Airplane Maneuver: Pylon Aights

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The objective of the pylon 8 is to develop the ability to fly your aircraft while you are dividing your attention between the airplane’s flight path and the ground reference points. In other words, the FAA wants you to be competent enough to manage your aircraft while your attention is diverted outside for any extended period of time. 

The pylon 8 involves flying your aircraft in two circles about points on the ground, forming an 8 lying parallel with the ground, while you keep your aircraft’s lateral axis (wingtip to wingtip) on the point. However, this is a ground reference maneuver as opposed to a ground track maneuver because you do not make any correction for your ground track. What I mean by not having any ground track correction is that you will make absolutely no correction for wind during the execution of the pylon 8. You drift where you drift and concentrate on holding your wingtip on the pylon.

However, during the pylon 8, if there is any wind blowing you will have a continuous change in your altitude. Your altitude will change as your ground speed changes. Hence, a new term, “pivotal altitude,” has been created. Let me explain.

Pivotal altitude is actually a function of how fast you are traveling over the ground. In calm air, there is an altitude at which you could fly your aircraft about a point, keeping that point directly off the tip of your wing and your altitude would never change. This is pivotal altitude. But the wind is usually blowing, and this causes your ground speed to change, so you have to change your altitude to make up for the ground speed differential as you go from upwind to downwind. The faster your ground speed, the higher your pivotal altitude; the slower your ground speed, the lower your pivotal altitude.

To find your initial pivotal altitude, square your ground speed and divide by 15. For instance, if your aircraft has a ground speed of 100 knots, square it and you get 10,000 knots. Divide the 10,000 by 15 and your pivotal altitude is 666 feet. Now, add this to your terrain elevation and you have an indicated altitude to fly at to initiate the pylon 8.

Does it sound a bit difficult? Let’s run through a set of pylon 8s to try to simplify it for you. To initiate your pylon 8s, first arrive at your pivotal altitude and pick two pylons in an open area. A line drawn between the pylons should be perpendicular to the wind, or crosswind, because you will want to enter the maneuver downwind at a 45-degree angle to, and in between, the pylons.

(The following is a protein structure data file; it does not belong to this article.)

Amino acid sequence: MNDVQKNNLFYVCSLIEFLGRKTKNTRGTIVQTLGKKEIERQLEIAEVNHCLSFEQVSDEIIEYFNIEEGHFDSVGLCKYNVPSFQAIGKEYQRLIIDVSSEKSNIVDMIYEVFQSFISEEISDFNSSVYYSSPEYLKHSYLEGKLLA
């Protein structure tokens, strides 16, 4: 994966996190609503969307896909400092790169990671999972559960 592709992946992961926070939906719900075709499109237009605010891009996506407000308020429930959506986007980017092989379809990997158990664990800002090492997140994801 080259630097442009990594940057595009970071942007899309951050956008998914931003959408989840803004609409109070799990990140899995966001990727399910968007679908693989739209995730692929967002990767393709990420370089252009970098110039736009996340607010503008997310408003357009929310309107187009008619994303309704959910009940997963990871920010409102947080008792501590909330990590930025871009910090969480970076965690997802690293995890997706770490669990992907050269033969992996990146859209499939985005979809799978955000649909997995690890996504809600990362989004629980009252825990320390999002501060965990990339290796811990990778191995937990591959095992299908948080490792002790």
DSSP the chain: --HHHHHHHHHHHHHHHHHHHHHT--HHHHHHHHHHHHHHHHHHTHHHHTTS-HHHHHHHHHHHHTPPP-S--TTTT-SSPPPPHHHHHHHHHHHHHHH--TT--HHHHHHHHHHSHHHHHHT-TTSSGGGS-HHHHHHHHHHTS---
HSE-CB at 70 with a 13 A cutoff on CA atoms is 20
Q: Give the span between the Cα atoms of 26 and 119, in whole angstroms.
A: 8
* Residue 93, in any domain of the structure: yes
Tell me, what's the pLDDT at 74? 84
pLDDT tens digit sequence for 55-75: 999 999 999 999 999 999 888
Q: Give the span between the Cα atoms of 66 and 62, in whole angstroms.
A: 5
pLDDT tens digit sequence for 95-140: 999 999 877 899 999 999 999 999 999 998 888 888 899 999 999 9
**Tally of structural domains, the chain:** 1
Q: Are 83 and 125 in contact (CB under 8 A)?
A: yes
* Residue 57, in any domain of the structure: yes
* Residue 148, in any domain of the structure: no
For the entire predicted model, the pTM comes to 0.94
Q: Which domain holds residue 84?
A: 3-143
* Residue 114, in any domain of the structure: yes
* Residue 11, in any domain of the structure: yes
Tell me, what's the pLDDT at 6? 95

Okay, you have pivotal altitude attained, pylons picked, and you’re heading downwind between the pylons at a 45-degree angle. As the pylon arrives at the wingtip reference, roll into your bank and place the pylon the same distance above or below your wingtip as the horizon would be in straight-and-level flight. Now, here is the key word that unlocks pylon 8s: anticipate. Anticipation of the ground speed changing as you turn from downwind to upwind allows you to be ready to change your pivotal altitude as need arises.

As you turn from your downwind heading, the ground speed drops and your pylon appears to move forward as seen from its relationship to the wingtip reference. When this occurs, simply move the elevator control forward to maintain the pylon on its original position. When the pylon ceases moving, you are at a pivotal altitude for that particular ground speed and are ready to anticipate the next wind and ground speed change.

Continue around the pylons, keeping in mind where the wind is in relation to your position, and anticipate moving the elevator in the same direction as the pylon moves. When you have turned about the first pylon to the point that the second pylon is at approximately a 45-degree angle to your aircraft, roll out of the turn, and fly straight and level until the second pylon is directly off the wingtip; then roll into the second half of the maneuver. Flying time between the pylons, straight and level, should be about three to five seconds so you have time to clear the area of any other traffic. Remember, as you practice your pylon 8s, you will be very busy with your wingtip reference, so make very sure you use the time to clear the area wisely.

The most common error pilots make in practicing this maneuver is to use their rudder to yaw the aircraft to hold the pylon on the wingtip reference point. While this works, it completely ruins the point of the maneuver and only results in an uncoordinated trip around the py lons. Use rudder only to roll into and out of the pylon 8. This way, the bad habit of skidding the aircraft during the maneuver is never started.

I have heard student pilots talking to each other blasting the pylon 8 as a waste of time, money, and fuel. And, to a point, I suppose they are correct. You will never pylon 8 your way to Chicago or do a pylon 8 in the traffic pattern. But the point they miss is the value of the pylon 8 in learning to fly the airplane by feel. The ability to safely aviate while one’s attention is drawn outside is invaluable. And the coordination learned from varying the bank and pitch while maintaining a circular flight path is something that wouldn’t hurt any pilot.

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